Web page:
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An urgent call for tax reform to help protect independent local businesses, including craft bakers, is being made ahead of the government’s autumn financial statement next week.

Chancellor Jeremy Hunt previously claimed the government was committed to substantial reforms to making the business rates system fairer and more responsive for all ratepayers.

At the last Spring Budget on 15 March 2023, he announced the introduction of the Non-Domestic Rating (NDR) Bill, which included a three-year transitional relief scheme for bill increases with an immediate reduction in bills from 1 April 2023 for 300,000 ratepayers. In addition, the Valuation Office Agency updated the rateable values of all business and other non-domestic property in England and Wales.

Mindful of the cost-of-living crisis and the war in Ukraine, the government said it would be taking a number of steps to help ratepayers as part of a package worth £13.6bn in total. These included freezing the business rates multiplier for another year; extending and increasing relief for retail, hospitality and leisure businesses; scrapping downwards transitional reliefs caps for businesses seeing lower bills; and a more generous Supporting Small Business scheme.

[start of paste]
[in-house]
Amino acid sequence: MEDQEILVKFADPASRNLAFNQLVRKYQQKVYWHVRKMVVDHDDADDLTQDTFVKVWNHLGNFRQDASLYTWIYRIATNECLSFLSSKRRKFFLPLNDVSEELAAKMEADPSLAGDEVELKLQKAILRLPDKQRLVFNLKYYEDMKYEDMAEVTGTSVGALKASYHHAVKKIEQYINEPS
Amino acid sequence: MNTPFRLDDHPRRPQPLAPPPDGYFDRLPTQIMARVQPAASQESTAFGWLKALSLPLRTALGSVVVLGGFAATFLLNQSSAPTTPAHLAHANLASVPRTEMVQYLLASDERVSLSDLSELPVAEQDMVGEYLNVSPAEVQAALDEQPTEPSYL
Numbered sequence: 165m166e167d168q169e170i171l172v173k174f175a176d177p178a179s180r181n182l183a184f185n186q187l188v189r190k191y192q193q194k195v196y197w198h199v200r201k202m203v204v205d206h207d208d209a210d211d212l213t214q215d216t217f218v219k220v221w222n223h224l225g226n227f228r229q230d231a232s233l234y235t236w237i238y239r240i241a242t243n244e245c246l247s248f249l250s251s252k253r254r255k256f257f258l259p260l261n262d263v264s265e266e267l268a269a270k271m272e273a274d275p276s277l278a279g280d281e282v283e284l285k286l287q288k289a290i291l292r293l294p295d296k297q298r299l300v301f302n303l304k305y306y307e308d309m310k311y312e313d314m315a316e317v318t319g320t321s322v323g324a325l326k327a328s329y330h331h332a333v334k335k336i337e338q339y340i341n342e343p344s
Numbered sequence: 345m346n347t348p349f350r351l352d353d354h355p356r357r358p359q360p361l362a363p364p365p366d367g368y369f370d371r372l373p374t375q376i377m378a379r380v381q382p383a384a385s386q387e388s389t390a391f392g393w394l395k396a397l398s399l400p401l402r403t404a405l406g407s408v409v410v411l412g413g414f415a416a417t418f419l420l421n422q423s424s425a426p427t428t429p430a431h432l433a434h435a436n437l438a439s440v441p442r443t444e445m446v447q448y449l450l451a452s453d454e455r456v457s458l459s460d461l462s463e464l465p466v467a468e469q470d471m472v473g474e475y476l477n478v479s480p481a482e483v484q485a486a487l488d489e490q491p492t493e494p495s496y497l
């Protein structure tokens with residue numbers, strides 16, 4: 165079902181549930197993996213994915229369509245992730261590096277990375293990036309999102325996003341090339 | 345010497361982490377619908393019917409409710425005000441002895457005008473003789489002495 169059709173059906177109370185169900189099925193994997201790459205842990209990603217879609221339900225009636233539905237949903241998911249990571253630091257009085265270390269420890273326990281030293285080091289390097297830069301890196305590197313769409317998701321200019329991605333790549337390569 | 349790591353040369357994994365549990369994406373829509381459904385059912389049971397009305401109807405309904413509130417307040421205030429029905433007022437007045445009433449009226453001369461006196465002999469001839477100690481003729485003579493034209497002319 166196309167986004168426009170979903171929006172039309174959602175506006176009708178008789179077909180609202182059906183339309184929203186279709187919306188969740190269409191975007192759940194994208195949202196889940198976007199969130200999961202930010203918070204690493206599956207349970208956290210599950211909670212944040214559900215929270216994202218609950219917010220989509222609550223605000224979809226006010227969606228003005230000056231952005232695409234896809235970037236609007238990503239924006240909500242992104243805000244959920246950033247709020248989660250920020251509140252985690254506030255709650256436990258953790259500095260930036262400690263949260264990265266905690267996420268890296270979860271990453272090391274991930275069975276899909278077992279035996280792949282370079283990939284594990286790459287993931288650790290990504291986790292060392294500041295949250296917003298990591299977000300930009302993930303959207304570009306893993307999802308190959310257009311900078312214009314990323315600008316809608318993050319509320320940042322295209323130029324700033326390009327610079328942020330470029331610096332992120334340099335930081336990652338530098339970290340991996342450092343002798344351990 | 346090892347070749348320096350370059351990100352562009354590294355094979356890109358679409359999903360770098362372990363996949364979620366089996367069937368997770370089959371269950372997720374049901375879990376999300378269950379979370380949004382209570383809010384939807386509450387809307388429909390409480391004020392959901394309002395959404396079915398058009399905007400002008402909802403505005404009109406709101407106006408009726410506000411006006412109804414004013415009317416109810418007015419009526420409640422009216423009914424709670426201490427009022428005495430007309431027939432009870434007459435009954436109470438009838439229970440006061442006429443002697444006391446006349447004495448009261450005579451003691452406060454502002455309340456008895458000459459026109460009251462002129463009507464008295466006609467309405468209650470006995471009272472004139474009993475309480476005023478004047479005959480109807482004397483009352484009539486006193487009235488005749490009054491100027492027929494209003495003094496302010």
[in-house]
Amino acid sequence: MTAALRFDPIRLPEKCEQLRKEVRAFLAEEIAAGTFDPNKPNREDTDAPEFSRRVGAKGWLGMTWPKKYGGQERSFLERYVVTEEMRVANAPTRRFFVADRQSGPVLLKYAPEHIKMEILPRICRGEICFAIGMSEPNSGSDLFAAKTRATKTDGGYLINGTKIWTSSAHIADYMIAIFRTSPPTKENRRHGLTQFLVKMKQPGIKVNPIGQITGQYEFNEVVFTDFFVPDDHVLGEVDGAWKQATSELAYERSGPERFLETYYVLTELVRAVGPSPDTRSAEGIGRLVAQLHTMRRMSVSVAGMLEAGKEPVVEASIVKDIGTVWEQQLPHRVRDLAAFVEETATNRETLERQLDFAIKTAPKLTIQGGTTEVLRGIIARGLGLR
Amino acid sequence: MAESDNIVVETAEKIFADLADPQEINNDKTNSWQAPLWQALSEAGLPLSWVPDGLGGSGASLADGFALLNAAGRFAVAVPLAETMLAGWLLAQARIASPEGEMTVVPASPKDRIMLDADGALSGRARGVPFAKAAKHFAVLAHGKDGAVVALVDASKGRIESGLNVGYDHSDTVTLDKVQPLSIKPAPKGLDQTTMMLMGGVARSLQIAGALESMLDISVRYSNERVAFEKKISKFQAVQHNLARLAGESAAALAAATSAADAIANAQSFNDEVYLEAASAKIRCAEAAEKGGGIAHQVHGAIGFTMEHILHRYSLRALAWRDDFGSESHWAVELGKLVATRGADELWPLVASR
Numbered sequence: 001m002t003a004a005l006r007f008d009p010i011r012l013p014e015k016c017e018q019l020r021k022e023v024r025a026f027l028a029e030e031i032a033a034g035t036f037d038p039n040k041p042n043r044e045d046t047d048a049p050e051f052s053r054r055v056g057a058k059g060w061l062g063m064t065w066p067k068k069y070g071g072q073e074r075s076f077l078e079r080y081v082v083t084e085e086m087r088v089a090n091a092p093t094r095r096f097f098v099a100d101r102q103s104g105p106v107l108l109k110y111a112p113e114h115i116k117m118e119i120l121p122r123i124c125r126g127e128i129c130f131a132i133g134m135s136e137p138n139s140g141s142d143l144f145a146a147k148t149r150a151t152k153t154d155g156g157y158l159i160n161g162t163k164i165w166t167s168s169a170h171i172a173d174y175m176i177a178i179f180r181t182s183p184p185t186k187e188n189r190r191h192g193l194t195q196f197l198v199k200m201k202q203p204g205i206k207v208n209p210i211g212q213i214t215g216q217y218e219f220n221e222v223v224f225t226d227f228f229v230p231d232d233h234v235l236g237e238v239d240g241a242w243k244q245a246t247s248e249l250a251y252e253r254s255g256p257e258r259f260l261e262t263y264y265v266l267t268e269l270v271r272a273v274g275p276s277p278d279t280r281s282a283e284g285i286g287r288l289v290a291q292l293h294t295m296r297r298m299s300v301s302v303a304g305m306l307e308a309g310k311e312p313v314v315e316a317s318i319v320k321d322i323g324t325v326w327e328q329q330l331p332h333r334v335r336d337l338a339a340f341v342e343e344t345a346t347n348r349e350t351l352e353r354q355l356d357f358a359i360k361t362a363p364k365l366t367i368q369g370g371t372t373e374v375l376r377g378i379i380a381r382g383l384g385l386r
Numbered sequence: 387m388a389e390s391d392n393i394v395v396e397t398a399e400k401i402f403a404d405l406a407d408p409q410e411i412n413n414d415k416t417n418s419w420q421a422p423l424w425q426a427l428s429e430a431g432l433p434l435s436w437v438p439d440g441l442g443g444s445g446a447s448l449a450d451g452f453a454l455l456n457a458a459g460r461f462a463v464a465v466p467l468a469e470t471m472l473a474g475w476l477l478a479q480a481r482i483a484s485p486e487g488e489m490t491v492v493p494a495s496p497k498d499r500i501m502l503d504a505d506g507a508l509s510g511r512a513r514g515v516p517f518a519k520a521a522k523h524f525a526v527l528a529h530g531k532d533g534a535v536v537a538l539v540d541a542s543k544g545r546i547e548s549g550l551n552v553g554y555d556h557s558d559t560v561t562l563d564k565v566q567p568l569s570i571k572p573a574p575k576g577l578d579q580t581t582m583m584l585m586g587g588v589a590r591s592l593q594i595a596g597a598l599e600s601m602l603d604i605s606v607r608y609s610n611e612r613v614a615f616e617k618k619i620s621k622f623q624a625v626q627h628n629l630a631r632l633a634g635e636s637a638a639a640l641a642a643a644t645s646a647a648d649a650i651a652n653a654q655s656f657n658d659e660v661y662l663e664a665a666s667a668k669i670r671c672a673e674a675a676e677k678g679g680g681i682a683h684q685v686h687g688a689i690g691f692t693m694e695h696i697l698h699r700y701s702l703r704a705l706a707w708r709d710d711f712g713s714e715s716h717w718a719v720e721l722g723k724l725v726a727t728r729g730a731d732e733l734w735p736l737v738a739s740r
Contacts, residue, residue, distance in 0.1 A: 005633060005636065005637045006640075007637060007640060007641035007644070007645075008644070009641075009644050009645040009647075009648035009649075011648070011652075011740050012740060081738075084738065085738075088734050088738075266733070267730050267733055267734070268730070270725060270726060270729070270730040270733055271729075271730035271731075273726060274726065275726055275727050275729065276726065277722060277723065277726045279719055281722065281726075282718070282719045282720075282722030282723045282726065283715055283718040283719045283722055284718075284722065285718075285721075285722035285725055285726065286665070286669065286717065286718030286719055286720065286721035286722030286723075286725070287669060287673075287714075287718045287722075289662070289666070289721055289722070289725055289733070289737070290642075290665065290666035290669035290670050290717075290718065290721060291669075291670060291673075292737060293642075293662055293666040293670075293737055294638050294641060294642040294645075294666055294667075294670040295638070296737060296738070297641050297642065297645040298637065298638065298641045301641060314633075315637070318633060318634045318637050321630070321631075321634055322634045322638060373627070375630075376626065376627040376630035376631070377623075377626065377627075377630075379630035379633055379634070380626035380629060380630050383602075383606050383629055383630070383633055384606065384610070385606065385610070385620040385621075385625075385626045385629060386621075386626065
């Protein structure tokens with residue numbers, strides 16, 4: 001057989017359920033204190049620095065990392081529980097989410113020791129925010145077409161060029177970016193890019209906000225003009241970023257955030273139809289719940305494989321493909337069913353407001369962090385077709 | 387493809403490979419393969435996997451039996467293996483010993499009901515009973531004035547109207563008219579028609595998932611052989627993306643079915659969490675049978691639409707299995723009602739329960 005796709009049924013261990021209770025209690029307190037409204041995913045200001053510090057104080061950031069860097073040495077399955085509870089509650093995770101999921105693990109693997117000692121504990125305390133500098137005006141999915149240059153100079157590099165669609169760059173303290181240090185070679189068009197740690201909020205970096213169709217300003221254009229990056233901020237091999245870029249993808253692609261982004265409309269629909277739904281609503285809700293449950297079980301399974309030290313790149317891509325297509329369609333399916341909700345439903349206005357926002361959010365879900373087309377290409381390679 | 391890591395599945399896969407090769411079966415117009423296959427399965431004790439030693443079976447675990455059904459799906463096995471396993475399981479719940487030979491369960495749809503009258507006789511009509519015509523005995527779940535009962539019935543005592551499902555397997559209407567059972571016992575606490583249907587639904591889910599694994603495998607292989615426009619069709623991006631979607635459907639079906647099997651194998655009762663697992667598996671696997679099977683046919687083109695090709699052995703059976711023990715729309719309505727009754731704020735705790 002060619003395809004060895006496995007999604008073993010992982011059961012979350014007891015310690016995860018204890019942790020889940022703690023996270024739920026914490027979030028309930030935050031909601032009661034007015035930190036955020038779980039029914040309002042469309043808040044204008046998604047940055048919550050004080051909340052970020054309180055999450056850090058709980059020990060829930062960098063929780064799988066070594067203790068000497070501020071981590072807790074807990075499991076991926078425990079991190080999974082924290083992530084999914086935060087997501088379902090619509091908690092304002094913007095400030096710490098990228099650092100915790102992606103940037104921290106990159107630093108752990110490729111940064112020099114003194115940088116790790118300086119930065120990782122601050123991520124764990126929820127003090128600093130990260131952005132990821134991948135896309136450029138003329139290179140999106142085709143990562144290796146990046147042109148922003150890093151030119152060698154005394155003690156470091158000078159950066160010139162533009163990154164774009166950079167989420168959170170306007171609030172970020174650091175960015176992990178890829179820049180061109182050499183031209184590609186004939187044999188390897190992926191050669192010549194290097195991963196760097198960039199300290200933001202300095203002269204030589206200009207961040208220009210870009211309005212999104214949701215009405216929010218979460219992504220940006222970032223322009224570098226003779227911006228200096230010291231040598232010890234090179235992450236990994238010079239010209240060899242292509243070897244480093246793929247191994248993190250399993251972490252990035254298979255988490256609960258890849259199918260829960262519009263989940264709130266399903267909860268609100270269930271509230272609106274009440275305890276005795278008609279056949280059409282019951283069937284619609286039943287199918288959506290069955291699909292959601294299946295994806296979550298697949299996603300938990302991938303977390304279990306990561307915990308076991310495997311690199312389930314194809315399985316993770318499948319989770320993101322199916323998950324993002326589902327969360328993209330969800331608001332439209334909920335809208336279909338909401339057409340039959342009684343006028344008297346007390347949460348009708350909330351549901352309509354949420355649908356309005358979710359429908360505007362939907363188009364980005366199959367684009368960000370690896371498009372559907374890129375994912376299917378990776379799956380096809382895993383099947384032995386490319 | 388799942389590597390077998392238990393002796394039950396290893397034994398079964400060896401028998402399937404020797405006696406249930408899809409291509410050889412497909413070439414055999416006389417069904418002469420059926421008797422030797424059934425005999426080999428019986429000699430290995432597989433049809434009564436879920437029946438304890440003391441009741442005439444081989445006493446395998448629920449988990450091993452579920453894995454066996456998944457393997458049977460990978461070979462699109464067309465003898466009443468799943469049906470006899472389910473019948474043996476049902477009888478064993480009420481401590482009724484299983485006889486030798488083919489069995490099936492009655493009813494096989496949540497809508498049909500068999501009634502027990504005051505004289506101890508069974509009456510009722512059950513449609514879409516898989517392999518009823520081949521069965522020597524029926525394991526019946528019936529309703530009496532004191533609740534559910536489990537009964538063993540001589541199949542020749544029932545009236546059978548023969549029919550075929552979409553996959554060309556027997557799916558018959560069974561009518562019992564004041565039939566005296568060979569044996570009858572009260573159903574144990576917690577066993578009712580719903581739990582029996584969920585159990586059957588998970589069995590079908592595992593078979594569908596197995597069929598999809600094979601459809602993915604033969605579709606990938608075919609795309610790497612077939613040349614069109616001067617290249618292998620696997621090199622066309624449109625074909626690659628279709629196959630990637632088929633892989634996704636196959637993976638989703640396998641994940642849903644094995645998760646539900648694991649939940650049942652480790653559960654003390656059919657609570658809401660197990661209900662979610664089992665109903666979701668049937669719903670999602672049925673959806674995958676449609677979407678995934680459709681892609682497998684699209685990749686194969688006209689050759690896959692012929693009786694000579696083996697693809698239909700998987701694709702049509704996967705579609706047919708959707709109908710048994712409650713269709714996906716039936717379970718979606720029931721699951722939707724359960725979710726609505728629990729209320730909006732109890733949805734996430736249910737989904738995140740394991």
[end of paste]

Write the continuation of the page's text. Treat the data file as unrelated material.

However, the Spring reforms were recently described as “just a sticking plaster on a system that is fundamentally broken” by Cake Box CEO and founder Sukh Chamdal.

“We would like to see the Chancellor to be bold in his upcoming Autumn Statement and abolish business rates entirely, replacing them with a system that is fairer and doesn’t stymie the success of small businesses,” Chamdal told British Baker.

“Government after government has launched plans to revive our ailing high streets, but that will not happen until the heavy burden this punitive tax puts on shop owners up and down the country is removed.”

Cake Box operates more than 200 franchise stores across the UK, recently posting a 6.8% increase in first half group revenue compared to the same period the prior year.

Chamdal questioned why an independent store owner was paying more per square footage than a nationwide supermarket. “Like many other retailers on the high street, our Cake Box franchise store owners are the beating hearts of their local areas, yet they suffer under the current regime as their success simply allows local business rates to be increased further,” he lamented.

“Without major reform, this broken system will forever hold back our high streets and subdue the vibrant community of shop owners that make them what they are.”

In a response to these comments, the Craft Bakers Association chief executive Karen Dear said they were fully supportive of any move that makes life easier for smaller high street businesses, such as the craft baker. “This includes abolishing tax rates and replacing with a fairer system,” she noted.

“Small businesses have been the mainstay of many communities for more than 100 years, providing vital services, which is why it is crucial that Government takes all necessary steps to ensure they are here for generations to come.”

Recent consumer research conducted by the CBA found there was still a demand for high street bakeries, with nearly three quarters of all shoppers surveyed claiming they bought at least half of their total bakery from them.

The 2023 Autumn Statement is set to be delivered on 22 November.